Math Talk

Traditionally, math class was a quiet place. Kids alone in rows busy calculating with limited back and forth. A competition to see who could find the correct answer the fastest. The idea that discussion was a necessary tool for deepening and consolidating understanding was a foreign concept, given that much of mathematics was conveyed as symbols and numbers. There was a right and a wrong answer – so what was there really to talk about? Yet the kind of communication we want students to engage in is so much more than simply answering questions or reciting procedures. Of course these are a part of any math class, but they shouldn’t comprise most instructional time, as they often do.

Talking about math is not something that comes naturally to kids. 

There needs to be a shift from focussing on finding the answer to discussing the problem. When this happens there is a collective easing and the pressure is off of students who are reluctant to share their ideas for fear of getting it wrong. The potential embarrassment is not worth the risk. More than any other subject, math creates this anxiety among the less confident. As a result, executive functions such as working memory and regulating behaviour suffer and math proficiency is not fully developed (see research here). To alleviate this stress, teachers can redirect attention back to the problem. We’re in this together to find a solution.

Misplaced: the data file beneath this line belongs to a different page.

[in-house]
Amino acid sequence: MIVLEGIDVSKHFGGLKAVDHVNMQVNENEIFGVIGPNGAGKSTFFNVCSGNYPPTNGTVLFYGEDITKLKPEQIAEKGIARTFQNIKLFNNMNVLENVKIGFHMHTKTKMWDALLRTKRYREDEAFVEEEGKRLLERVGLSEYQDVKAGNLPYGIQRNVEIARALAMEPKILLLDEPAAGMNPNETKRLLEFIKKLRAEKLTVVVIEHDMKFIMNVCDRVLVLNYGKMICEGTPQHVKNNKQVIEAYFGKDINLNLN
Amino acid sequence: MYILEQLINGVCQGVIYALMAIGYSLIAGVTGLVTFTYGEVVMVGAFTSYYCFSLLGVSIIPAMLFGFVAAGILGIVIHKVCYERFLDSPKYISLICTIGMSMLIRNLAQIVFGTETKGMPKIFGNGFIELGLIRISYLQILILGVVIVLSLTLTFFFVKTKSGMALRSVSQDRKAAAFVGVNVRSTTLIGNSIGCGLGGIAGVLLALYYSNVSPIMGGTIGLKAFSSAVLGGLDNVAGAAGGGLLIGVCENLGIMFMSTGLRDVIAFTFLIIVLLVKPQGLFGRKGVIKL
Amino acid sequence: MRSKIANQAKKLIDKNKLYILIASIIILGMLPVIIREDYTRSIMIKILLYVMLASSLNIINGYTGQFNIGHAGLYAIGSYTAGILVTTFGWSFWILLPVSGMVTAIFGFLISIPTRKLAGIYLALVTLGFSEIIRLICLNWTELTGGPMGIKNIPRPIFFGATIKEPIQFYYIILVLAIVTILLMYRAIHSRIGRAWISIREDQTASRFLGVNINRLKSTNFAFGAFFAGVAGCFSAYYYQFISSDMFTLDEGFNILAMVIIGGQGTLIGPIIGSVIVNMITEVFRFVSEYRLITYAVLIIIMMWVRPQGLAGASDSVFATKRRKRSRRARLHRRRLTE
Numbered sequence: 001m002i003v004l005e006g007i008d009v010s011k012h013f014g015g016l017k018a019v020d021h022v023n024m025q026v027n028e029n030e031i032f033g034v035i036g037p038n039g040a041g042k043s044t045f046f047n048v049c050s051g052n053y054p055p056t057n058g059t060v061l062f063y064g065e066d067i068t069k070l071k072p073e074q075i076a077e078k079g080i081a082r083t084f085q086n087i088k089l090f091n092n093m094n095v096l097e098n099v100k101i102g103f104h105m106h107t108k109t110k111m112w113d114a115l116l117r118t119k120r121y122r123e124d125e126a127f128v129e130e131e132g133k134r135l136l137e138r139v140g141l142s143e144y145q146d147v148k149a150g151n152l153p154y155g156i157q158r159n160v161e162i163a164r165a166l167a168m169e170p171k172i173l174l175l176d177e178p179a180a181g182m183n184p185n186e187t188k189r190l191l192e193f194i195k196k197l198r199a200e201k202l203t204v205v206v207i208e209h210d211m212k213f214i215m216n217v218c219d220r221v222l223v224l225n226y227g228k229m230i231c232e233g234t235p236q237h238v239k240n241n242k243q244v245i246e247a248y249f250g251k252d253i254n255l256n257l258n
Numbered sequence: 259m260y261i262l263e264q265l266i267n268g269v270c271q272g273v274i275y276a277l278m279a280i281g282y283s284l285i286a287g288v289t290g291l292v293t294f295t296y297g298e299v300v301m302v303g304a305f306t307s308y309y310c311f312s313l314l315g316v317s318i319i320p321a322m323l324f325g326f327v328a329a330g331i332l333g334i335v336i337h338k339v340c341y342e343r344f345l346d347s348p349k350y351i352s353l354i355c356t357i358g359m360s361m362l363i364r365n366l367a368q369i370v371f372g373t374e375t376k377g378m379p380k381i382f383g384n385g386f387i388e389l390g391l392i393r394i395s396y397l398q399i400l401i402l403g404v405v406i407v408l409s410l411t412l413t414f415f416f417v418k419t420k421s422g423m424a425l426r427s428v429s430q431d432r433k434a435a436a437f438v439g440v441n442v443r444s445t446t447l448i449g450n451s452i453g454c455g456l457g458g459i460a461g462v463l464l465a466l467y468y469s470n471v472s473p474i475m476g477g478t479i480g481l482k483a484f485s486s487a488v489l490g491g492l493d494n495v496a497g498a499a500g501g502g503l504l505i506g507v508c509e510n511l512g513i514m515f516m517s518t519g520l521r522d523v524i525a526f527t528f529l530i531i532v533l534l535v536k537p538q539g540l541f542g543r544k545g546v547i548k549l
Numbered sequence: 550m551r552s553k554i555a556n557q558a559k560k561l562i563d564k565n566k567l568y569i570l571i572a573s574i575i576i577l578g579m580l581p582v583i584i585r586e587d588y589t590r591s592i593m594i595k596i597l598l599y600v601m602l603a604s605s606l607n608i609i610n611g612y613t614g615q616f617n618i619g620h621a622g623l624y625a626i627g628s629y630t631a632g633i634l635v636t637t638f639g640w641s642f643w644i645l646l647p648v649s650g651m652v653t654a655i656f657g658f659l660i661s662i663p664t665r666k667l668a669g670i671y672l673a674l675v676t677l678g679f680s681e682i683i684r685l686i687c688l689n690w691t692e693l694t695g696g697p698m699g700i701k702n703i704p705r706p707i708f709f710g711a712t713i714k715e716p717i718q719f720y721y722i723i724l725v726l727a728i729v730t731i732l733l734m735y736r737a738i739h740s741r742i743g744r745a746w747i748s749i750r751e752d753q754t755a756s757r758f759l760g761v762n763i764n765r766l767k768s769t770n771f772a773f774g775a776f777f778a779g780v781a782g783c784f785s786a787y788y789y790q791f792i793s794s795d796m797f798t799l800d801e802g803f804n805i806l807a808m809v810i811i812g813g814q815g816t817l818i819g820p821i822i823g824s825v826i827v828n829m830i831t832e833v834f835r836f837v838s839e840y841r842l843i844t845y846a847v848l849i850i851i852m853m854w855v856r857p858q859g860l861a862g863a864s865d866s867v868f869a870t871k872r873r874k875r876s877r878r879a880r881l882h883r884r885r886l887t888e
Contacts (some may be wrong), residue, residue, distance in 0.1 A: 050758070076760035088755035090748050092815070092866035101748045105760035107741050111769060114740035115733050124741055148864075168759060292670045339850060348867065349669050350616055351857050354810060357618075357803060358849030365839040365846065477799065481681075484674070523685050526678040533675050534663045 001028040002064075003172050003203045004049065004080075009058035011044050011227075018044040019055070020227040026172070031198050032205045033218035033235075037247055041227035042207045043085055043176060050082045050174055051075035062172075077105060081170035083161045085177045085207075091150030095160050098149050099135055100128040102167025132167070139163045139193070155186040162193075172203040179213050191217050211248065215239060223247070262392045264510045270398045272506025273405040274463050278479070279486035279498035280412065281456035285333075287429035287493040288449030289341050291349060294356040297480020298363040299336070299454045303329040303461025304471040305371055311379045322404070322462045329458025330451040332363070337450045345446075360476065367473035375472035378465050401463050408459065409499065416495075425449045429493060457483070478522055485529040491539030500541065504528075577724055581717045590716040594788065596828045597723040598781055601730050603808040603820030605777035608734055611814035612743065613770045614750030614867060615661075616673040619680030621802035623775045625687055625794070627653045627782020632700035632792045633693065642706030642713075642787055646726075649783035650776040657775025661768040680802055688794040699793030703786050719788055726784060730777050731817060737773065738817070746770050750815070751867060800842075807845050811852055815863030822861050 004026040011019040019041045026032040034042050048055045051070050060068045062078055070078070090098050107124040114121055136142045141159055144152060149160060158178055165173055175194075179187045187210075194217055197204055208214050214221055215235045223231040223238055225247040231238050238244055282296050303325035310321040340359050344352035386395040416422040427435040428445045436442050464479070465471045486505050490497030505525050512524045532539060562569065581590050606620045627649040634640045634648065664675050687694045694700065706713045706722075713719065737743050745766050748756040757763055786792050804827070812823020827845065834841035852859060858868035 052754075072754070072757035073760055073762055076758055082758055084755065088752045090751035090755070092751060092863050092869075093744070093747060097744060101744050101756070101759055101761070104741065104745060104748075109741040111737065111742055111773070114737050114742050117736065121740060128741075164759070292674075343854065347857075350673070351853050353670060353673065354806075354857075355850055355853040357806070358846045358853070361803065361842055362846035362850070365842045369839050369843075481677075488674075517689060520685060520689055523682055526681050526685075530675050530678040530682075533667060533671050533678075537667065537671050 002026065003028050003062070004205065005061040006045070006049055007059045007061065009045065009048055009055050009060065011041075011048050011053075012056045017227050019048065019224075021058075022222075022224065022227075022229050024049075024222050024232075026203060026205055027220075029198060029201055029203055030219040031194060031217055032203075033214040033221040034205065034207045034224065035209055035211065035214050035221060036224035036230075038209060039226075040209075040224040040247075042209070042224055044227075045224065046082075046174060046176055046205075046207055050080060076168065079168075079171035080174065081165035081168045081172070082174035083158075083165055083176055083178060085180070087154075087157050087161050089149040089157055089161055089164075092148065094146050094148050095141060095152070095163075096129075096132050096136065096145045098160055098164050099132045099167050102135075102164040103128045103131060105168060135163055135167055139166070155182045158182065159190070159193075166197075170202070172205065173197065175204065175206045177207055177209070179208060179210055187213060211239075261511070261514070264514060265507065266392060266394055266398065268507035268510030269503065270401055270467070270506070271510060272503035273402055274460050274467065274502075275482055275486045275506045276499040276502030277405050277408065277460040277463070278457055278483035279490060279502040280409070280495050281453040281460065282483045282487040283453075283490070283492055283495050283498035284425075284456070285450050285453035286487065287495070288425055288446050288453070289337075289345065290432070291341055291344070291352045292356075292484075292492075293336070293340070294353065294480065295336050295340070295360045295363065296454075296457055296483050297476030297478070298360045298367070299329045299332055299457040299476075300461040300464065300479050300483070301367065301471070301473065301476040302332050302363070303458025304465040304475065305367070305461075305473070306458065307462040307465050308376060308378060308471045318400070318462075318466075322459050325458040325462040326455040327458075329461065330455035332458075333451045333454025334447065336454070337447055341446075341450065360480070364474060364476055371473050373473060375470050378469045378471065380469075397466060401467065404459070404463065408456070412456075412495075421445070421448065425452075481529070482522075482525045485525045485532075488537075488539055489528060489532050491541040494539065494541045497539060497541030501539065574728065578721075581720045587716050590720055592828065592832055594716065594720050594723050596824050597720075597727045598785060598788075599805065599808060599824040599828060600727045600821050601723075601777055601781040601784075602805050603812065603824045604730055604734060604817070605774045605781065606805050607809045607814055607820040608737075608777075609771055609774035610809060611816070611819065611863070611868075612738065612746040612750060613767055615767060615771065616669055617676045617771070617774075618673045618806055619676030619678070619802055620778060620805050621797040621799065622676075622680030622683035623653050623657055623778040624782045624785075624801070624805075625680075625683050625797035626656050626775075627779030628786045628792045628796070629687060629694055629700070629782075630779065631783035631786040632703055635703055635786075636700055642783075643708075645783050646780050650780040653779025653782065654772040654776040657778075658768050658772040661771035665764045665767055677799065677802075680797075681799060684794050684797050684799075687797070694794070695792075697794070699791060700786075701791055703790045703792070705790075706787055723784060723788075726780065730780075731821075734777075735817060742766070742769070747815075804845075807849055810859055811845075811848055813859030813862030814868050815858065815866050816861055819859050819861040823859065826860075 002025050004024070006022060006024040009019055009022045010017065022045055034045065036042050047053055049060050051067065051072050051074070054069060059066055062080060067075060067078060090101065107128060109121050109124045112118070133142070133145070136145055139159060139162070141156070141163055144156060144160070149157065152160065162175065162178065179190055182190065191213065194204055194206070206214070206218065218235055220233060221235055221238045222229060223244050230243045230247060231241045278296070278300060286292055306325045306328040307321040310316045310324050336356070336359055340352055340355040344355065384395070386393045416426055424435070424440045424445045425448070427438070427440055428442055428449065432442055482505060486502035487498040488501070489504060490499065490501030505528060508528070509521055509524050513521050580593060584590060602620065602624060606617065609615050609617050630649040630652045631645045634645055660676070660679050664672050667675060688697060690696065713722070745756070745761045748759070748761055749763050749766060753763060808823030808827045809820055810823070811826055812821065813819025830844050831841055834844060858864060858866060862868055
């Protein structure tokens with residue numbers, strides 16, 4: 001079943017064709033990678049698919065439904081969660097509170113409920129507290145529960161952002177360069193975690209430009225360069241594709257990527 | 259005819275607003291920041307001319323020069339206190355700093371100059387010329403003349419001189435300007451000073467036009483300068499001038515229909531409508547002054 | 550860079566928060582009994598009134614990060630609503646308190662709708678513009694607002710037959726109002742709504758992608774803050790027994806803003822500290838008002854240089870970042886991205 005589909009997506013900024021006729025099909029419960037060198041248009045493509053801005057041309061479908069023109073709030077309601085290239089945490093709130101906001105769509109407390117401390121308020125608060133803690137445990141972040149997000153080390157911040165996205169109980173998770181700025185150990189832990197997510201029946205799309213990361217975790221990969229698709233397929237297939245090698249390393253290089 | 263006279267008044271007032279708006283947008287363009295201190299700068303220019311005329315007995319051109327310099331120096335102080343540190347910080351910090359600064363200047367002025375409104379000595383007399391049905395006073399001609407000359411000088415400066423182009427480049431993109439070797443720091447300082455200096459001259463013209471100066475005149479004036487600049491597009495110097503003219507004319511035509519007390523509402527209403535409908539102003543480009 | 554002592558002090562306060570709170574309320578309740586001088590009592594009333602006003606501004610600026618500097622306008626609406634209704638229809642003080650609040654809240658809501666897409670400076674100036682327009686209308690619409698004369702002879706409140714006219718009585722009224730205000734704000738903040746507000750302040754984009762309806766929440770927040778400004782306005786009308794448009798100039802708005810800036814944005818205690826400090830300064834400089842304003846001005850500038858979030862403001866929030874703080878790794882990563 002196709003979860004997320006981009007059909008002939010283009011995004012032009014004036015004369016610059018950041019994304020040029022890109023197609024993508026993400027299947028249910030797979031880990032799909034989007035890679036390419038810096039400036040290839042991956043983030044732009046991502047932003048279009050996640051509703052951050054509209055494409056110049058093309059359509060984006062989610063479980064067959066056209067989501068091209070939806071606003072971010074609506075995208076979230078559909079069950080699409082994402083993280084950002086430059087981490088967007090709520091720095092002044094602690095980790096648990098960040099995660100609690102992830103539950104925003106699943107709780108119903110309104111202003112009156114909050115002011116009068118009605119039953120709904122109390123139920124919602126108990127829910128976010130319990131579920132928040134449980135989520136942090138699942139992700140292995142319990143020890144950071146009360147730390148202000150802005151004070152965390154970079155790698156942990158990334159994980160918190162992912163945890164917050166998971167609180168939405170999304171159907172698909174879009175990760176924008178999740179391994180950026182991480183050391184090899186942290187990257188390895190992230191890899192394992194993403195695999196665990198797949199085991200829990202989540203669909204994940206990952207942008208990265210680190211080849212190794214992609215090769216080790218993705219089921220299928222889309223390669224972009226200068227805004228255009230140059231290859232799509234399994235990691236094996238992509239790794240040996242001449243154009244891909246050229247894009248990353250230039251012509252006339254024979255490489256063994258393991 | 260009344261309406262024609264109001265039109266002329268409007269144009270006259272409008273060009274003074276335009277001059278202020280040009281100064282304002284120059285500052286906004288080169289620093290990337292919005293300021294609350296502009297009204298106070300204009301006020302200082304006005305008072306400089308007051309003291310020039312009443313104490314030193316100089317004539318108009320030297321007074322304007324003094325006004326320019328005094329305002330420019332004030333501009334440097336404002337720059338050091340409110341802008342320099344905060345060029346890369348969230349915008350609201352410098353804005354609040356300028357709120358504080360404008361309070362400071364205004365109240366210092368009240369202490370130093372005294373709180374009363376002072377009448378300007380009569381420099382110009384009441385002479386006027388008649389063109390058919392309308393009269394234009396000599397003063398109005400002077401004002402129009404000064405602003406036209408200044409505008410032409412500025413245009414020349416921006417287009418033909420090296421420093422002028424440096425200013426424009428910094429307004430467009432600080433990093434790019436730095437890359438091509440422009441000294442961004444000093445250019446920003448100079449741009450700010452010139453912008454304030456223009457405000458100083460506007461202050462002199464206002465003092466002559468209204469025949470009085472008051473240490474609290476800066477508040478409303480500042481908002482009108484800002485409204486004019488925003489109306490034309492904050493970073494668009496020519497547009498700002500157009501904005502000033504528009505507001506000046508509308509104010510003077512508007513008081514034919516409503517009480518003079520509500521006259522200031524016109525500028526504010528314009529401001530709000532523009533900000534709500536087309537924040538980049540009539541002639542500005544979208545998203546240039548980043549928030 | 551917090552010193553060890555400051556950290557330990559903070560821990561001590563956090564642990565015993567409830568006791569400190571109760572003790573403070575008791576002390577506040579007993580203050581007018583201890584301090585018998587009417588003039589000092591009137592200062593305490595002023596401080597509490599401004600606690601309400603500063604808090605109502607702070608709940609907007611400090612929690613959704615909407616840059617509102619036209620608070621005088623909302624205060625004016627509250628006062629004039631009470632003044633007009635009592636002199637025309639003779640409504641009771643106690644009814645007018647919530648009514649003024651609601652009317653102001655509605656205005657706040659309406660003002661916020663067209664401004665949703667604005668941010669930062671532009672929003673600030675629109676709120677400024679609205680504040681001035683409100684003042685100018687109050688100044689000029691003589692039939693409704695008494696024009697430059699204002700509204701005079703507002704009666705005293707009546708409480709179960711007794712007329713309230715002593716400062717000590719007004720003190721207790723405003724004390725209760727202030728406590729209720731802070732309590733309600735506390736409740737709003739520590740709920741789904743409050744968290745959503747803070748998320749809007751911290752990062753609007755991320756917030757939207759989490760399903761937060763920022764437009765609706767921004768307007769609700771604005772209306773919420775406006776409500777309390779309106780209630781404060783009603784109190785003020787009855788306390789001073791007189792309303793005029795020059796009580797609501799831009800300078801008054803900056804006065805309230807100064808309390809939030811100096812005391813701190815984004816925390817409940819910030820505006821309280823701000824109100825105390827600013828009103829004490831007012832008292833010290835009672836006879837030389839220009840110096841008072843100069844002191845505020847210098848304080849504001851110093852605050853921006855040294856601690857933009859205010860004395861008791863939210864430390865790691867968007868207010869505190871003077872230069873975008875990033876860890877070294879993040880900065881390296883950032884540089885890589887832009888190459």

With enough practice, these four simple questions will lead to profound math talk:

  1. Why?
  2. How do you know?
  3. Can you prove that?
  4. Can someone else disprove what’s been said?

Effective approaches to encourage math talk are Gallery Walks, Math Congress and Bansho (see here)In order to make students more comfortable sharing their mathematical thinking, the following strategies and sentence starters are a great way to scaffold dialogues. It is in these moments that some of the best consolidation of learning happens. Sometimes we don’t know what we truly know until we give it a voice.  


Characteristics of math communication to look for (see rubric here):

  • precise – relevant choice of method that has accurate calculations
  • clear – logical organization that is easy to follow and requires little inferencing
  • cohesive – reasoned argument held together through explanations, diagrams etc.
  • elaborate – justification of ideas and strategies with sufficient detail
  • appropriate – proper use of mathematical terminology, symbolic notations etc.

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